Atlanta — The Coca-Cola Co. says it will take more than an order from a federal judge in Delaware to pry its 99yearold secret formula out of a safe whose combination is known to only a few executives.
“The company has never disclosed the secret formula for its products and that policy will not change,” Coke spokesman Mark Prisinger said Wednesday.
- S. District Judge Murray Schwartz, responding to a pretrial motion by 40 Coke bottlers, ordered the soft drink giant Tuesday to reveal the formula of several products.
“Nothing is sacred in civil litigation,’ Schwartz said. “Even the legendary barriers erected by the Coca-Cola Co. to keep its formulas from the world must fall if the formulas are needed to allow plaintiffs and the court to determine the truth in these disputes.”
The bottlers filed suit in 1983 against Coke over the pricing of the syrups used for various Coke soft drinks.
The suit contends the syrups for each drink are essentially the same and should have similar prices. But the only way to know for sure, the bottlers said, was for Coke to reveal its formula.
Schwartz, in a 29page opinion, agreed.
Coke official say the secret formula, the company’s standard since it was concocted in a backyard kettle 99 years ago, is locked in a vault whose combination is known only by a few top executives who are never allowed to board the same airplane.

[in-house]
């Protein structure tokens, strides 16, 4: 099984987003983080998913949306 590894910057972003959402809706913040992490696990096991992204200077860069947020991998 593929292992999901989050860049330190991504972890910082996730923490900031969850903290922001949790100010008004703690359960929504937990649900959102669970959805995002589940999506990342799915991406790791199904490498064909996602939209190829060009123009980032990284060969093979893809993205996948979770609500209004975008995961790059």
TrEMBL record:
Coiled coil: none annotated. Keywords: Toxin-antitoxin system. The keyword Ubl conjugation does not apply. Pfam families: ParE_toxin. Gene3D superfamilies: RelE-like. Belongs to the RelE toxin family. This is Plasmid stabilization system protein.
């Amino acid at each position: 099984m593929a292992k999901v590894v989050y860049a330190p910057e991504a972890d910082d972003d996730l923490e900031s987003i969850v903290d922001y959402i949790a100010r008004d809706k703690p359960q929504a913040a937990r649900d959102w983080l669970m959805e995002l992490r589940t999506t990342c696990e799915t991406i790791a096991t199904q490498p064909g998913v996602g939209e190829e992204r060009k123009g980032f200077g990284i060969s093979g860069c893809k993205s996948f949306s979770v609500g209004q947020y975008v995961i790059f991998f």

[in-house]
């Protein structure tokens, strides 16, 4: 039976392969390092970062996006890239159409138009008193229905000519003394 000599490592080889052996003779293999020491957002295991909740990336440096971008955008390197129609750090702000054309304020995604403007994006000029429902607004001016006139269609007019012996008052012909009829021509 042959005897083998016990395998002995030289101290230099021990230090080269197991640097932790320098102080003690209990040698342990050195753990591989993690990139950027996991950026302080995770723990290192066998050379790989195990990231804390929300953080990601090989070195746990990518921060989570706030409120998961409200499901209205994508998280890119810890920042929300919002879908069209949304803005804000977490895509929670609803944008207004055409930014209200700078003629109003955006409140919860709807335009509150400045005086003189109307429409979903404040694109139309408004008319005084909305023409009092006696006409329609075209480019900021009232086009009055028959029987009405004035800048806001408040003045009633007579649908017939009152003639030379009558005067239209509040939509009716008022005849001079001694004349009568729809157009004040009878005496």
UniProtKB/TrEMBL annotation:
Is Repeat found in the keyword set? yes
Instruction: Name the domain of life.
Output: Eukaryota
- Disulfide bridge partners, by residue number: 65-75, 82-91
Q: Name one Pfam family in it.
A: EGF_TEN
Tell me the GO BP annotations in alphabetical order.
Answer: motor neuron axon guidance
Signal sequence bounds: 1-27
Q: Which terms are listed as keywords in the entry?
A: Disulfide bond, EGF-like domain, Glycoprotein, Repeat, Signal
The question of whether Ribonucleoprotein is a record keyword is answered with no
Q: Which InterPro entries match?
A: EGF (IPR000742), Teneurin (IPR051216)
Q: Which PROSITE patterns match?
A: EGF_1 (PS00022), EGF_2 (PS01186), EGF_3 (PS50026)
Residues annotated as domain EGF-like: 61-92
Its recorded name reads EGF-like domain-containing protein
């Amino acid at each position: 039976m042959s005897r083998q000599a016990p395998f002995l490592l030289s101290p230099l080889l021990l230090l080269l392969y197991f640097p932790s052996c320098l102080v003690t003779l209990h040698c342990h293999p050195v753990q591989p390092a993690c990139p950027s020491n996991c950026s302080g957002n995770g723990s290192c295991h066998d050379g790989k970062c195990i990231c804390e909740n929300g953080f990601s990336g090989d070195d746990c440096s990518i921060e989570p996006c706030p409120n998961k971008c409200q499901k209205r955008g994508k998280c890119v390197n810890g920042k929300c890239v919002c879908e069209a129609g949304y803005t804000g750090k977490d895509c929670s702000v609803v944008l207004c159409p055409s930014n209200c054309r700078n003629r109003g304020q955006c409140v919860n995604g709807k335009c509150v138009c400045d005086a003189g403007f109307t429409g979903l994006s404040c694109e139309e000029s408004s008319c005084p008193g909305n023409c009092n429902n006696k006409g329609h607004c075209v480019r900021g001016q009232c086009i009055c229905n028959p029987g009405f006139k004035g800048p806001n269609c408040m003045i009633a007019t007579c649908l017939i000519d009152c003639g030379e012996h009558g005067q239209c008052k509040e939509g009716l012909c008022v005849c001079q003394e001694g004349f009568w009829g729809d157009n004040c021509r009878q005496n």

Schwartz said he would issue a protective order to prevent the formulas from becoming public and gave attorneys for the bottlers and the company 20 days to work out an agreement.
The original formula for Coca-Cola was devised May 8, 1886, by an Atlanta pharmacist named John Styth Pemberton, who melted a mixture of sugar, water and other ingredients in a brass kettle over an open fire in his back yard.
The result was a concoction he planned to market for $1 a bottle called French Wine Coca. Since the drink included coca leaf and kola nut, Pemberton’s bookkeeper suggested the name change to Coca-Cola.
Over the years, company officials have refused to reveal the exact ingredients of the syrup, declining at one point to market Coke in India because the government insisted on knowing the formula.
Article extracted from this publication >> August 30, 1985